Common Home Modifications for Disabled Homeowners

Few things symbolize independence quite like owning and managing your own house. Owning or renting a property implies that you are capable of looking for yourself and are free to live your life as you choose — but this isn’t true for every homeowner or renter.

Many residences are not intended to be accessible or accommodating, thus people with disabilities or the elderly may not feel autonomous or even happy in their homes. Modifying or remodelling a home, on the other hand, isn’t always simple. When you’re making a property more accessible rather than just making cosmetic modifications, the procedure might get more difficult. 

Fortunately, this guide on home remodelling for people with disabilities and older folks will teach you all you need to know about making your house, or the home of a loved one, more accessible.


A properly built ramp is required for someone in a wheelchair to enter a structure. A ramp can be used to replace stairs or to create an accessible path to a building’s entrance. The quickest path from a disabled parking place to an accessible entrance is known as an accessible route.

Wood and concrete are the two most popular materials for ramp building. Wood is easier to work with than metal, is less costly, and may last for years. All ramps and landings should have a non skid surface and be designed to keep water out. The surface of concrete ramps must be textured to do this.


Cabinets and countertops: Adding lazy-susans, pull-out trays, storage shelves, and pot racks; U-shaped handles for simple usage to prevent grabbing a knob. For easy access and optimum leg room around the disposal, the sink’s drain should be at the rear.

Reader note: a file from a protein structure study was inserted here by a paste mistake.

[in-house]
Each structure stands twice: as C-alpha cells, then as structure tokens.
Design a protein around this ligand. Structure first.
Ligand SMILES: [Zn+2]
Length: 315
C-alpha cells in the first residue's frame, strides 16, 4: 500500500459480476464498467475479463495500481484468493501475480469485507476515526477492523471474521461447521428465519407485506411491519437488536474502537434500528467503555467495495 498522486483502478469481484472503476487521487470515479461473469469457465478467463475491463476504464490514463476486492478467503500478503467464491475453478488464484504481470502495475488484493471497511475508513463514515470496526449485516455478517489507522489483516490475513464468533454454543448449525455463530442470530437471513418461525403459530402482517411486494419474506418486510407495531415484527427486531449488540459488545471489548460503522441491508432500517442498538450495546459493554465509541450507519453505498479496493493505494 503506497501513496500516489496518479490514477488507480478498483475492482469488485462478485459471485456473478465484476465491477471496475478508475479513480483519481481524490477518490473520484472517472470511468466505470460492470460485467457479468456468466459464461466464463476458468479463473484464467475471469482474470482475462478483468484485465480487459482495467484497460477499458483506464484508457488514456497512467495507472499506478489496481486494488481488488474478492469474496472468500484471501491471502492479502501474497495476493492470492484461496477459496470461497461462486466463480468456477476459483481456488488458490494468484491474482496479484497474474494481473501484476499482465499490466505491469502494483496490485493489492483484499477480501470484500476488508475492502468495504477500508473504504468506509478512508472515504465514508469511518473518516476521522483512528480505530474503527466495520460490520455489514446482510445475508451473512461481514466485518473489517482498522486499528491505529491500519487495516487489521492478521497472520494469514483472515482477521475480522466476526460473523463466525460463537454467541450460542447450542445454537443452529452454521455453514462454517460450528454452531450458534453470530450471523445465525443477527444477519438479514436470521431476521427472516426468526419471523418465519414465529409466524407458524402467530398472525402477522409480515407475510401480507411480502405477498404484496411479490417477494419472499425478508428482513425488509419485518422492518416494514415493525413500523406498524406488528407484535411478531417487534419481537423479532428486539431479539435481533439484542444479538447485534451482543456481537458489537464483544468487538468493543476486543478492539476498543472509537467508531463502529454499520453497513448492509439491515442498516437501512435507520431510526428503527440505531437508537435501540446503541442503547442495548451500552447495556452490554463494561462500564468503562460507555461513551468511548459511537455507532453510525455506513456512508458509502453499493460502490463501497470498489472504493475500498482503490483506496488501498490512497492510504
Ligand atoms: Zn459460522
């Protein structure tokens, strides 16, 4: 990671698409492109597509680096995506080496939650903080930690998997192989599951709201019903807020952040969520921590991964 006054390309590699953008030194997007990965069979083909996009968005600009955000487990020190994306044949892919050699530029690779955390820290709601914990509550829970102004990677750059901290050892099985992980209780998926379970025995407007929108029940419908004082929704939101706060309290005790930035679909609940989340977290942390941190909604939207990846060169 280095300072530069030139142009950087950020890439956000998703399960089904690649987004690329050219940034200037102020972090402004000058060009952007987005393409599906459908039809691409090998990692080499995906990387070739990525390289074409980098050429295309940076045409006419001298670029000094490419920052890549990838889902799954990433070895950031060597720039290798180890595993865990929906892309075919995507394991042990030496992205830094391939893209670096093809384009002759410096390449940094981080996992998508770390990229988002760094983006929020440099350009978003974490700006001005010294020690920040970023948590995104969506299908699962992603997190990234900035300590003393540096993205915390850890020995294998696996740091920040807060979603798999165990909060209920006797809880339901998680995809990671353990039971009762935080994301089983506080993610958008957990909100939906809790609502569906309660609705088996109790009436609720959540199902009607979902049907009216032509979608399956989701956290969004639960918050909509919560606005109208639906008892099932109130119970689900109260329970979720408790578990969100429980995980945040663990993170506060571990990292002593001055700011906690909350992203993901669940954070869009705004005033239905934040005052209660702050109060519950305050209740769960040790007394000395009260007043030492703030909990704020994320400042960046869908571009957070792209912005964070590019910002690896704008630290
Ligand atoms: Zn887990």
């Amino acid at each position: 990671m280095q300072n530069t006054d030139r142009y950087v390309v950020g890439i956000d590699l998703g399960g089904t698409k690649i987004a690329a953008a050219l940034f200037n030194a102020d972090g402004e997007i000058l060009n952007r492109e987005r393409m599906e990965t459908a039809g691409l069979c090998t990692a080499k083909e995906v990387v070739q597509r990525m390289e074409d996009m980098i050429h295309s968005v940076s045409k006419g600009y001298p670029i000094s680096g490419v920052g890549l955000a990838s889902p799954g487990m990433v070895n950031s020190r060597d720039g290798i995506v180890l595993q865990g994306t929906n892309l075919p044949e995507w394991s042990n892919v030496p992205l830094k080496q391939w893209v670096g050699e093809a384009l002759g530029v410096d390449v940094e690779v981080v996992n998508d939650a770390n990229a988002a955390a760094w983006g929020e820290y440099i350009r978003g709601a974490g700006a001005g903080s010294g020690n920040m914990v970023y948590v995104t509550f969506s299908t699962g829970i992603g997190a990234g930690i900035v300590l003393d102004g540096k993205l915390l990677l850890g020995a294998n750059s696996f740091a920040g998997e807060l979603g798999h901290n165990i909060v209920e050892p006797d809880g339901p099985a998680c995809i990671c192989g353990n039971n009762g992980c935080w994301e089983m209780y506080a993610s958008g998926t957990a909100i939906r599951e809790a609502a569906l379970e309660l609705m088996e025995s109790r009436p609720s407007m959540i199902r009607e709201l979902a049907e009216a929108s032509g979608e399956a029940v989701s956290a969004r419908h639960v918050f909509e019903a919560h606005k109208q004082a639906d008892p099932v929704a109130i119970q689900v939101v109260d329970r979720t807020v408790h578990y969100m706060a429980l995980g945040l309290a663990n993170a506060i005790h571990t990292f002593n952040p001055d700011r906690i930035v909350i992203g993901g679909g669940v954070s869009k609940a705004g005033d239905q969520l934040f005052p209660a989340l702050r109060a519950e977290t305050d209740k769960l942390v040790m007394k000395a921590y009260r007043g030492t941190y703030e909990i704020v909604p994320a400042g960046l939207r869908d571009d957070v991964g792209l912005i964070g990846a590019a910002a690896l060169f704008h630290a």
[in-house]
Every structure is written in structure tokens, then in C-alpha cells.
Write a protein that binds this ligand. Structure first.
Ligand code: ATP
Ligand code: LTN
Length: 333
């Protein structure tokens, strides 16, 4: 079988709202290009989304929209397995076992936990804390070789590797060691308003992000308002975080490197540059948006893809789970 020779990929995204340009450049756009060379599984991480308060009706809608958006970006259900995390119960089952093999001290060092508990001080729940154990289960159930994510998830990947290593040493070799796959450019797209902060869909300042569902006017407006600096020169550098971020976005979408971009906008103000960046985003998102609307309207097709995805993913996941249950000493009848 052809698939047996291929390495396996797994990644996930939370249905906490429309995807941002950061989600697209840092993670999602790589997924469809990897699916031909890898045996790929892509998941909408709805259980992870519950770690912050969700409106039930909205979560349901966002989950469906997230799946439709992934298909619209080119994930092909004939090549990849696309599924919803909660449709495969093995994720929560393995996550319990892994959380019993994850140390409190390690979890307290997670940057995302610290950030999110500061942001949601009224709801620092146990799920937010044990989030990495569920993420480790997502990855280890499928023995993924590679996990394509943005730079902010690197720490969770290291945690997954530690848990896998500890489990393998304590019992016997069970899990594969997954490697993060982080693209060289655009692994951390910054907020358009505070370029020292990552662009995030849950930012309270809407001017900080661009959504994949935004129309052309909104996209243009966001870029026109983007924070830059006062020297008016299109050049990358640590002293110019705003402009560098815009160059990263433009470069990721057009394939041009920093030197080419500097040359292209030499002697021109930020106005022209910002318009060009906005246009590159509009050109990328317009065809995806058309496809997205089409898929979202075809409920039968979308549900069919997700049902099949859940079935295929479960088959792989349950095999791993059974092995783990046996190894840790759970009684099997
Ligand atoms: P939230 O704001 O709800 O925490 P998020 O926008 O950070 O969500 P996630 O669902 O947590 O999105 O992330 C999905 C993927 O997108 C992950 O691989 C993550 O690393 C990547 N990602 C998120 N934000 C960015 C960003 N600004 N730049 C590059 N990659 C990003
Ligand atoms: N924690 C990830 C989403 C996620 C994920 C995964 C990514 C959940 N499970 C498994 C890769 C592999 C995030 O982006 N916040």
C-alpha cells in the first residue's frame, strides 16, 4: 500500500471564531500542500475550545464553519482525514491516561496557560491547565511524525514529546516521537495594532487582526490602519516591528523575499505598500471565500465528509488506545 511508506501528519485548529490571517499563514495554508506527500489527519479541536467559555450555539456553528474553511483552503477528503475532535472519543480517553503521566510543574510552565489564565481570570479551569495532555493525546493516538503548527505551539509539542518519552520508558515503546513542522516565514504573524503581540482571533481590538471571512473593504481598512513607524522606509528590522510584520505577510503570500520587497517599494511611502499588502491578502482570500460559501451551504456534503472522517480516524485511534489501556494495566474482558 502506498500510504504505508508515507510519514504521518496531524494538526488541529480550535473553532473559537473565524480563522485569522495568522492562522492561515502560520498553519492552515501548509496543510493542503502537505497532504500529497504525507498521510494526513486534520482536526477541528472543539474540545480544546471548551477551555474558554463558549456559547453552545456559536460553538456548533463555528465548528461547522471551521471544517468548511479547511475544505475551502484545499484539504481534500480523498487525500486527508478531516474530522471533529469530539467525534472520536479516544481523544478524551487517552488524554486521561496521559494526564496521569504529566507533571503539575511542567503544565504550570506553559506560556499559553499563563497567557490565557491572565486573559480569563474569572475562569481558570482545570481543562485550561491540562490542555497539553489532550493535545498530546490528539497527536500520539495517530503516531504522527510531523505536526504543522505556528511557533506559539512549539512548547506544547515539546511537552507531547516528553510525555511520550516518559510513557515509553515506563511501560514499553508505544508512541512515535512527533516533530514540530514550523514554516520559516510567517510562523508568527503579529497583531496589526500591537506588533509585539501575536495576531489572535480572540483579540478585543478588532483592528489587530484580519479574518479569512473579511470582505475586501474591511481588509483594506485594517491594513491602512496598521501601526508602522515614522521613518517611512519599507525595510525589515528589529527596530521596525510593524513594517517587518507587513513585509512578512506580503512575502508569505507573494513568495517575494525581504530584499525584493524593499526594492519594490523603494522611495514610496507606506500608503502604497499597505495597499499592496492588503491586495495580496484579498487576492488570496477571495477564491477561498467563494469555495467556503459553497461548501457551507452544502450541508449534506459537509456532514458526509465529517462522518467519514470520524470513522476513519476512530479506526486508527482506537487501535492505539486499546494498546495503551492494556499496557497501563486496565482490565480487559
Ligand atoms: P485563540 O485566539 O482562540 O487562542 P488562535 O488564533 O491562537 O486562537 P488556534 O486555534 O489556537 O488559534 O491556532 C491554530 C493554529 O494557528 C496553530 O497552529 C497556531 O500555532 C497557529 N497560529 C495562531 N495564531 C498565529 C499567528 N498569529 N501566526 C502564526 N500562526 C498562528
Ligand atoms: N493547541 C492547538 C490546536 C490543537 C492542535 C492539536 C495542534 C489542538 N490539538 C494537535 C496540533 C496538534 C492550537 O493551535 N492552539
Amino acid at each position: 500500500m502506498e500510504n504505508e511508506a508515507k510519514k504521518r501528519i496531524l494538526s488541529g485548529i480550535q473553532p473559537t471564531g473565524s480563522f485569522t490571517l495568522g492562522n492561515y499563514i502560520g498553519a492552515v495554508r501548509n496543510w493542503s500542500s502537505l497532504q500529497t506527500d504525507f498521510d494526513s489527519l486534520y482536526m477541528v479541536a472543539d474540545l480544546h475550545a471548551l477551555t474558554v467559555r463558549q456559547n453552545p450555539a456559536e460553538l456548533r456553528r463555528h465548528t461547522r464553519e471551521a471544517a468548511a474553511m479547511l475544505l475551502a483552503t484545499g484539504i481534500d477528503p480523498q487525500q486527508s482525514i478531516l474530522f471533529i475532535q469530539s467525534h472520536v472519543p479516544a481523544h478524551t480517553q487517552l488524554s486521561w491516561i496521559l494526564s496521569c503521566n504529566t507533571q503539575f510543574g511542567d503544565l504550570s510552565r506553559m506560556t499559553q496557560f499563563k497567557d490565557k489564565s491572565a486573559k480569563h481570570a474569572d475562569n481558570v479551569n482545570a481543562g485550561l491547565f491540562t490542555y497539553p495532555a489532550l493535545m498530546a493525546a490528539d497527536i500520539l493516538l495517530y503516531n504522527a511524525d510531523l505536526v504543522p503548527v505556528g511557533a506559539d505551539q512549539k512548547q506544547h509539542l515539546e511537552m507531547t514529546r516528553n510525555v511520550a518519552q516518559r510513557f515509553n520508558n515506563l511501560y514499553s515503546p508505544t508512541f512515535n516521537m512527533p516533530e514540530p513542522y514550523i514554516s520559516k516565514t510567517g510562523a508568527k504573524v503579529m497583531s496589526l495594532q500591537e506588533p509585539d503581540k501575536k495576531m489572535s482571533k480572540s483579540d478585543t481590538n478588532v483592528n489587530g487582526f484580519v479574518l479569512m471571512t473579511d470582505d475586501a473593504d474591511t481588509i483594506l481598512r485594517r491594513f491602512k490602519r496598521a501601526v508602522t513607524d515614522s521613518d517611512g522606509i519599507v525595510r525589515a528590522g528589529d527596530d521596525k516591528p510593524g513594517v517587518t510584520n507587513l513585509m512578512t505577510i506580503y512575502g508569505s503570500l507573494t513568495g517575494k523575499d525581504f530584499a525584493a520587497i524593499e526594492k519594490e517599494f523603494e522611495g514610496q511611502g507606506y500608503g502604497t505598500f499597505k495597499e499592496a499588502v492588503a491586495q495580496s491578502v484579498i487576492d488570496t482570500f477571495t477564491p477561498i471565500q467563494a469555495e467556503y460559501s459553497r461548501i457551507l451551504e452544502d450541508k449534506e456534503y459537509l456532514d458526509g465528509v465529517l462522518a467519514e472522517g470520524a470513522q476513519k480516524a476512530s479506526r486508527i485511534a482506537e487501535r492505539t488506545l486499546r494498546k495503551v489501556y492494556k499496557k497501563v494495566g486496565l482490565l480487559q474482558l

It is also critical to have a functional food preparation space. Remove extra cabinet doors and other elements of the base cabinets to provide the individual a front approach to a counter and a work space


Two issues plague both home and business restrooms: small doors and a lack of grab bars. The walls in the tub area, as well as the walls behind and next to the toilet, should have extra blocking if the house is relatively new or the geographic region employs accessible housing requirements. Blocking is a type of structural reinforcement that allows a grab bar to be firmly connected to a wall.

Mirrors and Storage

Small mirrors and/or high medicine cabinets might also be an issue. If you can’t reach the medicine cabinet, a shelf in the base cabinets or objects on the counter might help. The medicine cabinet mirror may be removed and lowered, or a wall mirror can be utilized. It can be put at an angle if it can’t be lowered.

Empowered Liveability caters to complete specialist disability accommodation in Melbourne and provides the best living solution for special tenants with provision, property management and other services. To get to know more about us, please contact us at or call now at 1300-974-912.